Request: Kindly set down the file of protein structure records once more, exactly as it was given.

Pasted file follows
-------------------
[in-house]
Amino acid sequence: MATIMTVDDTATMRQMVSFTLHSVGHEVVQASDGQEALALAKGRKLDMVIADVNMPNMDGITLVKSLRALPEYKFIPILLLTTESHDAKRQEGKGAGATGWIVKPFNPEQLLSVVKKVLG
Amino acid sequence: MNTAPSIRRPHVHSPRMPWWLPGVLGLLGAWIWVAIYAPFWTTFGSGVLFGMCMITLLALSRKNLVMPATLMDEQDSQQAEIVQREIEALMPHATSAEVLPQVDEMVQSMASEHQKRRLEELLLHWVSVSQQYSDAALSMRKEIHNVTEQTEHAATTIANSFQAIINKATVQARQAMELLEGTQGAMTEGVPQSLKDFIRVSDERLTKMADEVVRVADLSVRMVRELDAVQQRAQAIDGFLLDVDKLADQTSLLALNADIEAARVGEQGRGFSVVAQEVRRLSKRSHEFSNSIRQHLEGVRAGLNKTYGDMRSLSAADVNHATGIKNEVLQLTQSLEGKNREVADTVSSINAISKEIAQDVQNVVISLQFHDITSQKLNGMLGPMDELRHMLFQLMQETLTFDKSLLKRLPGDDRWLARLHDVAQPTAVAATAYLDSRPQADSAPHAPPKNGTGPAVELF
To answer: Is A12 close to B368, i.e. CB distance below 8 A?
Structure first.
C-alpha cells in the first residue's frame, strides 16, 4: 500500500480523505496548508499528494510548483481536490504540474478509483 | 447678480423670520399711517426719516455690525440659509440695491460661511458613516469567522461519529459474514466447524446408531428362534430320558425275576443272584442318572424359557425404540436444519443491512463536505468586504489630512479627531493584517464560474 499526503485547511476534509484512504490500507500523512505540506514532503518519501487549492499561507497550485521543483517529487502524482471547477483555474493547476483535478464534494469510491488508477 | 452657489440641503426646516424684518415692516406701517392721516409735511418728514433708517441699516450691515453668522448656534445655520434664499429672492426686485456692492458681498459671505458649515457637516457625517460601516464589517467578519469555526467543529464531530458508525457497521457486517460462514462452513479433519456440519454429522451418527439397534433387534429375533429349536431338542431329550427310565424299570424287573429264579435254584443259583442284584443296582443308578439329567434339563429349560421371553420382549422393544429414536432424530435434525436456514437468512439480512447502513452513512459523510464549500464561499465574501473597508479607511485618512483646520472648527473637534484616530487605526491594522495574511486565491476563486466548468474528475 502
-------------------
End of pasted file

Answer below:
[in-house]
Amino acid sequence: MATIMTVDDTATMRQMVSFTLHSVGHEVVQASDGQEALALAKGRKLDMVIADVNMPNMDGITLVKSLRALPEYKFIPILLLTTESHDAKRQEGKGAGATGWIVKPFNPEQLLSVVKKVLG
Amino acid sequence: MNTAPSIRRPHVHSPRMPWWLPGVLGLLGAWIWVAIYAPFWTTFGSGVLFGMCMITLLALSRKNLVMPATLMDEQDSQQAEIVQREIEALMPHATSAEVLPQVDEMVQSMASEHQKRRLEELLLHWVSVSQQYSDAALSMRKEIHNVTEQTEHAATTIANSFQAIINKATVQARQAMELLEGTQGAMTEGVPQSLKDFIRVSDERLTKMADEVVRVADLSVRMVRELDAVQQRAQAIDGFLLDVDKLADQTSLLALNADIEAARVGEQGRGFSVVAQEVRRLSKRSHEFSNSIRQHLEGVRAGLNKTYGDMRSLSAADVNHATGIKNEVLQLTQSLEGKNREVADTVSSINAISKEIAQDVQNVVISLQFHDITSQKLNGMLGPMDELRHMLFQLMQETLTFDKSLLKRLPGDDRWLARLHDVAQPTAVAATAYLDSRPQADSAPHAPPKNGTGPAVELF
To answer: Is A12 close to B368, i.e. CB distance below 8 A?
Structure first.
C-alpha cells in the first residue's frame, strides 16, 4: 500500500480523505496548508499528494510548483481536490504540474478509483 | 447678480423670520399711517426719516455690525440659509440695491460661511458613516469567522461519529459474514466447524446408531428362534430320558425275576443272584442318572424359557425404540436444519443491512463536505468586504489630512479627531493584517464560474 499526503485547511476534509484512504490500507500523512505540506514532503518519501487549492499561507497550485521543483517529487502524482471547477483555474493547476483535478464534494469510491488508477 | 452657489440641503426646516424684518415692516406701517392721516409735511418728514433708517441699516450691515453668522448656534445655520434664499429672492426686485456692492458681498459671505458649515457637516457625517460601516464589517467578519469555526467543529464531530458508525457497521457486517460462514462452513479433519456440519454429522451418527439397534433387534429375533429349536431338542431329550427310565424299570424287573429264579435254584443259583442284584443296582443308578439329567434339563429349560421371553420382549422393544429414536432424530435434525436456514437468512439480512447502513452513512459523510464549500464561499465574501473597508479607511485618512483646520472648527473637534484616530487605526491594522495574511486565491476563486466548468474528475 502